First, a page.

A Bard’s Eye View:The Impossible Kid

The Impossible Kid and the Not so Impossible Review

Experiencing one of the greatest hip hop albums ever created

I’m sure by now you’re aware that I listen to a lot of music.  I don’t know how many people read this or pay attention to it but I know that those who know me are well acquainted with the fact that music plays a large part of my life.  In many crowds, I’ve been given the word “metal” to describe me though in other circles people only know me for just hip hop.

I try to be as eclectic as possible when discussing various themes and it’s been a bit since I’ve done an album review (Borknagar, I’m looking at you).  This time, we’re looking at Aesop Rock’s album, The Impossible Kid.  This album released on 29 April 2016 and by the time I am writing this, Rhymesayers Entertainment has allowed am authorized full album stream available on YouTube.  I will provide the link below so you can listen at your disposal.

In most of my reviews, I tend to get a good four or five full listens in before writing.  This gets me a little acquainted with the material as well as talking to some people to get their perspectives as well.  This was a highly anticipated album for me.  Like Borknagar, I waited four years for this release and, like Borknagar, this album appears to be Aesop Rock’s best work yet.  I will be breaking down every song piece by piece in a stream of consciousness (Kool-Aid Man breaking down the fourth wall again) like analysis.

“Mystery Fish” begins the album.  It has this kind of ‘80s style bass line that runs alongside before we catch some beats that are a lot different than anything that Aesop Rock has ever done. It definitely feels like the beats of the west coast are finally pervading into the creation process.  One of the cool things about this album is that it seems to roll like a concept album.  Each track bleeds into the next one really well.  “We look both ways at the asteroid belt” and “diarrhea disrepair” are lines that stick out for me.

“Rings” was the very first song released to promote this album.  The bass for this song is really cool and the music video is awesome.  It seems to discuss the idea of cutting into people to learn their innermost secrets.  It also seems to suggest the idea of being a little open to being seen in a more scrutinizing light.  Each of his lines right before the chorus is really impressive.  The cadence and flow is better than anything he has ever done before.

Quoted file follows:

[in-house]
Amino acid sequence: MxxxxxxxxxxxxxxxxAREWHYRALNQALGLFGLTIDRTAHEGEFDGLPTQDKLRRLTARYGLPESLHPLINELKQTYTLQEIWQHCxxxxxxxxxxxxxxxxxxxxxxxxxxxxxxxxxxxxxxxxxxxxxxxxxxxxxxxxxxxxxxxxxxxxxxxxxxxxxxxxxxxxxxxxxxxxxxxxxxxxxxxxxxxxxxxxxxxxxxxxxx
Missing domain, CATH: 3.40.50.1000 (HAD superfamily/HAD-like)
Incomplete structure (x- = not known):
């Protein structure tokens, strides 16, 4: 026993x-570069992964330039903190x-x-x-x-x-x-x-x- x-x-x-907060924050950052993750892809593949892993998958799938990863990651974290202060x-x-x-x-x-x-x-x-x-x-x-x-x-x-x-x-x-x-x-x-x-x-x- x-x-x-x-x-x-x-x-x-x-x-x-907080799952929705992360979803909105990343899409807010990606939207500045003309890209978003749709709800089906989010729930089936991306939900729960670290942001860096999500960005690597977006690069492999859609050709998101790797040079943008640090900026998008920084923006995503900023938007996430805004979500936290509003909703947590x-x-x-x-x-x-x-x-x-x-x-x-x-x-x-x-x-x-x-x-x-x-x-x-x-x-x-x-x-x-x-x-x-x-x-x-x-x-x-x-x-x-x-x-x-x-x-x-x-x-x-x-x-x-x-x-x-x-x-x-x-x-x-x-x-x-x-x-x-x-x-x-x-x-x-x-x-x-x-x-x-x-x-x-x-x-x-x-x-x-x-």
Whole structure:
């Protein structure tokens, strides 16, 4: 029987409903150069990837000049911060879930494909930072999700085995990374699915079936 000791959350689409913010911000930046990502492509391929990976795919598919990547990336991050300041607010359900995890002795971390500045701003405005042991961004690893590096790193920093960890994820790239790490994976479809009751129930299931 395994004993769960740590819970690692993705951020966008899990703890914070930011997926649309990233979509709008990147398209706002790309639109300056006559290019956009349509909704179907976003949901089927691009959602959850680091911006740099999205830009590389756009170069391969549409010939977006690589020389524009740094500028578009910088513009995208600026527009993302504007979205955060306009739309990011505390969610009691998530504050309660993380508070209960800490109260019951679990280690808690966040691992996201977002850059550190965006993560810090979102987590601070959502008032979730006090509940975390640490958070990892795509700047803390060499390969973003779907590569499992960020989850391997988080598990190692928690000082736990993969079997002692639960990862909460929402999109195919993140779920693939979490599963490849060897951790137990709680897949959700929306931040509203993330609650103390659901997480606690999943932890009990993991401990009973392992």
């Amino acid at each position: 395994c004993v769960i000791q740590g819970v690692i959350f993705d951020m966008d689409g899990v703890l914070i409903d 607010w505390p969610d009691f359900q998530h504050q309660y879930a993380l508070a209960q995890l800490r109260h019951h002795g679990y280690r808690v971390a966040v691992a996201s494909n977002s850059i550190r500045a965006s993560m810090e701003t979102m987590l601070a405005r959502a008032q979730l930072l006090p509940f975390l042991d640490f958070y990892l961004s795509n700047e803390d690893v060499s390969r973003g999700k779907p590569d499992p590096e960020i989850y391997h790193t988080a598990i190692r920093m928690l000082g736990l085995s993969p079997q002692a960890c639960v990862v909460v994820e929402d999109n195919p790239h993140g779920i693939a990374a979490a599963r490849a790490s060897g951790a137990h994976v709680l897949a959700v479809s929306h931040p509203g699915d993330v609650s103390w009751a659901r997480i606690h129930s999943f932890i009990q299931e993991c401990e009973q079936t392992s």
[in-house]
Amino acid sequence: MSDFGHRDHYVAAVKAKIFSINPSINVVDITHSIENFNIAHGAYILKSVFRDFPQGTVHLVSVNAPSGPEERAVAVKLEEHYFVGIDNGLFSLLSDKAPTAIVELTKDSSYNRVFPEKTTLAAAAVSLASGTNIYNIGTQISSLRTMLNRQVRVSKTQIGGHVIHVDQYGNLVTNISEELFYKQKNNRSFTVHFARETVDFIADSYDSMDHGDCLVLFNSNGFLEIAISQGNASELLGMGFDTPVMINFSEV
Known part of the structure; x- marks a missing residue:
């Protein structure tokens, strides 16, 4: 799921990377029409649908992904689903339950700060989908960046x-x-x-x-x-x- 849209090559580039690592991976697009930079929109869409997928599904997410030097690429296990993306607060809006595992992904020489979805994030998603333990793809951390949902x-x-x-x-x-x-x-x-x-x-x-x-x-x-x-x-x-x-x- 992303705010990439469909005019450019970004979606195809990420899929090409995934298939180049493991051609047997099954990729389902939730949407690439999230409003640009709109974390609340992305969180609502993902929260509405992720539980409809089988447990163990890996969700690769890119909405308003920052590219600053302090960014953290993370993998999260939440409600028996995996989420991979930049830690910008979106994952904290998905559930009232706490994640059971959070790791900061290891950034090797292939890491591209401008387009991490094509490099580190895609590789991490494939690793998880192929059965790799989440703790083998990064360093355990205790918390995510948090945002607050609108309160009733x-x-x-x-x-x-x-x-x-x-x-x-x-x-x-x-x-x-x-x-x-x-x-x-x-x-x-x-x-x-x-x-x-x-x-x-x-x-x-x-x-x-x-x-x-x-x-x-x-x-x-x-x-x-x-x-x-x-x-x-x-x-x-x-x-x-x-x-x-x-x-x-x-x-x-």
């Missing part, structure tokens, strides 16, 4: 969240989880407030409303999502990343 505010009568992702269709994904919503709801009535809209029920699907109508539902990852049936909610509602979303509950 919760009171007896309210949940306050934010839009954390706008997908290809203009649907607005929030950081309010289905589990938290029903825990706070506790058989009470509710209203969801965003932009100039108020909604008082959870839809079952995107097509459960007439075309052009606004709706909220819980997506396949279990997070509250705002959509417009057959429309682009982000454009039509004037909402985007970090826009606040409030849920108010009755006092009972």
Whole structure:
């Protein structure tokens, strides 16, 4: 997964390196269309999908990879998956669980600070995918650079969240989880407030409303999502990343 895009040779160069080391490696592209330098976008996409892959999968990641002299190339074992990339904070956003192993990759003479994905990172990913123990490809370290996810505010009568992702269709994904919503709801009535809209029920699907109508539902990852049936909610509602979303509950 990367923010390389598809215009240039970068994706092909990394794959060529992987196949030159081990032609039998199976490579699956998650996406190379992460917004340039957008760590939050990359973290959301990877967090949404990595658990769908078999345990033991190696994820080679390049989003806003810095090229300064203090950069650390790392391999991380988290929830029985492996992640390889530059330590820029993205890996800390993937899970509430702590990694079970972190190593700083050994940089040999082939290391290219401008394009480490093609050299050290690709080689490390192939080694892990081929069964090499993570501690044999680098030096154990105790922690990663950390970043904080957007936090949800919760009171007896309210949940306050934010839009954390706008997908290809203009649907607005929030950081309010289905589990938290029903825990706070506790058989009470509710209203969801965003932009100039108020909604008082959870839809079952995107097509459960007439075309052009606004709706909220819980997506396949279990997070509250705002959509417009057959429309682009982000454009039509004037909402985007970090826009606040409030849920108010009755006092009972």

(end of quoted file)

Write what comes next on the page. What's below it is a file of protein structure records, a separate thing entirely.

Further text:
“Lotta Years” is a favorite of a few fans.  What I like in particular about it is that there are moments where the flow seems to break and it’s slightly uncomfortable.  I like when art makes me uncomfortable.  They have this kind of xylophone sound that runs in tandem with the song as well.  The chorus showcases a really strong scratching from the DJ production.

“Dorks” begins with one word: “Question”.  The atmosphere in this song is really creepy and the bass guitar seems to have a Pink Panther or Venture Brothers vibe.  He also uses the word “sycophant” in the song which I only remember being featured in a KMFDM song.  “I know some shit about your heroes that you wouldn’t believe.”  I had one friend suggest that that particular line may be referencing El-P.  I can’t confirm or deny that, but I did enjoy the line.

“Rabies”… the lyrical content seems to be remisicent of his old stuff.  “Warm cider, barn full of spiders.”  “Pull a broad sword from a hoarded synthesizer”.  A bunch of really interesting lines.  There is also a real prominent 1980s guitar that seems to run throughout the verses.

“Supercell” has a pretty prominent snare, which was really active back in the Labor Days recordings.  The beat during the chorus has this kind of cool effect where it makes me think of a guy running through the alleyways.  “On dasher, half-dead carolers, deck a hall, wreck a whole advent calendar”… something to do with Christmas.  I have no idea about the significance of the line but it’s an interesting imagery for sure.  “Carnivorous vegetation” might be my favorite oxymoron I’ve ever heard him use.